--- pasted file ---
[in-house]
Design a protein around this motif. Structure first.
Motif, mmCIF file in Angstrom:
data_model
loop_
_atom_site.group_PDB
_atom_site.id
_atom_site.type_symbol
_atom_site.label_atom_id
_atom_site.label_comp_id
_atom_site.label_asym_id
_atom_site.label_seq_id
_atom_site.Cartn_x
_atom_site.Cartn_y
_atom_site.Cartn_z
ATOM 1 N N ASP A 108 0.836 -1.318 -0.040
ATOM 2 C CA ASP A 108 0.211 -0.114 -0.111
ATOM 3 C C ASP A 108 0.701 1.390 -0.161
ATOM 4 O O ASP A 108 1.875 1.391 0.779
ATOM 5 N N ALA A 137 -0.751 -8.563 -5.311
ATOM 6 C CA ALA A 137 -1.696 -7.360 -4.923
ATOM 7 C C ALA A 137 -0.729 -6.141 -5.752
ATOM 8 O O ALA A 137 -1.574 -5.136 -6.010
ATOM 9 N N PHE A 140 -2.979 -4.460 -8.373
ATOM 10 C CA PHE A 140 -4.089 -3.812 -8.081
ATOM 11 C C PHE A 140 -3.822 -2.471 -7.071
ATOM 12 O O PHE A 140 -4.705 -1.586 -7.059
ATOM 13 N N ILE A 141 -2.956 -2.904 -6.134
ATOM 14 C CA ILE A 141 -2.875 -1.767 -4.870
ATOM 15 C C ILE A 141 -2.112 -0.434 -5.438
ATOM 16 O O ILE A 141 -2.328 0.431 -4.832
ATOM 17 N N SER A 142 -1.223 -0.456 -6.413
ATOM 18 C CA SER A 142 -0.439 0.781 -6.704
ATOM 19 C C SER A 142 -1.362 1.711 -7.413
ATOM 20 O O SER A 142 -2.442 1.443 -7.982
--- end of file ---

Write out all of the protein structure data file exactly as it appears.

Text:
[in-house]
Design a protein around this motif. Structure first.
Motif, mmCIF file in Angstrom:
data_model
loop_
_atom_site.group_PDB
_atom_site.id
_atom_site.type_symbol
_atom_site.label_atom_id
_atom_site.label_comp_id
_atom_site.label_asym_id
_atom_site.label_seq_id
_atom_site.Cartn_x
_atom_site.Cartn_y
_atom_site.Cartn_z
ATOM 1 N N ASP A 108 0.836 -1.318 -0.040
ATOM 2 C CA ASP A 108 0.211 -0.114 -0.111
ATOM 3 C C ASP A 108 0.701 1.390 -0.161
ATOM 4 O O ASP A 108 1.875 1.391 0.779
ATOM 5 N N ALA A 137 -0.751 -8.563 -5.311
ATOM 6 C CA ALA A 137 -1.696 -7.360 -4.923
ATOM 7 C C ALA A 137 -0.729 -6.141 -5.752
ATOM 8 O O ALA A 137 -1.574 -5.136 -6.010
ATOM 9 N N PHE A 140 -2.979 -4.460 -8.373
ATOM 10 C CA PHE A 140 -4.089 -3.812 -8.081
ATOM 11 C C PHE A 140 -3.822 -2.471 -7.071
ATOM 12 O O PHE A 140 -4.705 -1.586 -7.059
ATOM 13 N N ILE A 141 -2.956 -2.904 -6.134
ATOM 14 C CA ILE A 141 -2.875 -1.767 -4.870
ATOM 15 C C ILE A 141 -2.112 -0.434 -5.438
ATOM 16 O O ILE A 141 -2.328 0.431 -4.832
ATOM 17 N N SER A 142 -1.223 -0.456 -6.413
ATOM 18 C CA SER A 142 -0.439 0.781 -6.704
ATOM 19 C C SER A 142 -1.362 1.711 -7.413
ATOM 20 O O SER A 142 -2.442 1.443 -7.982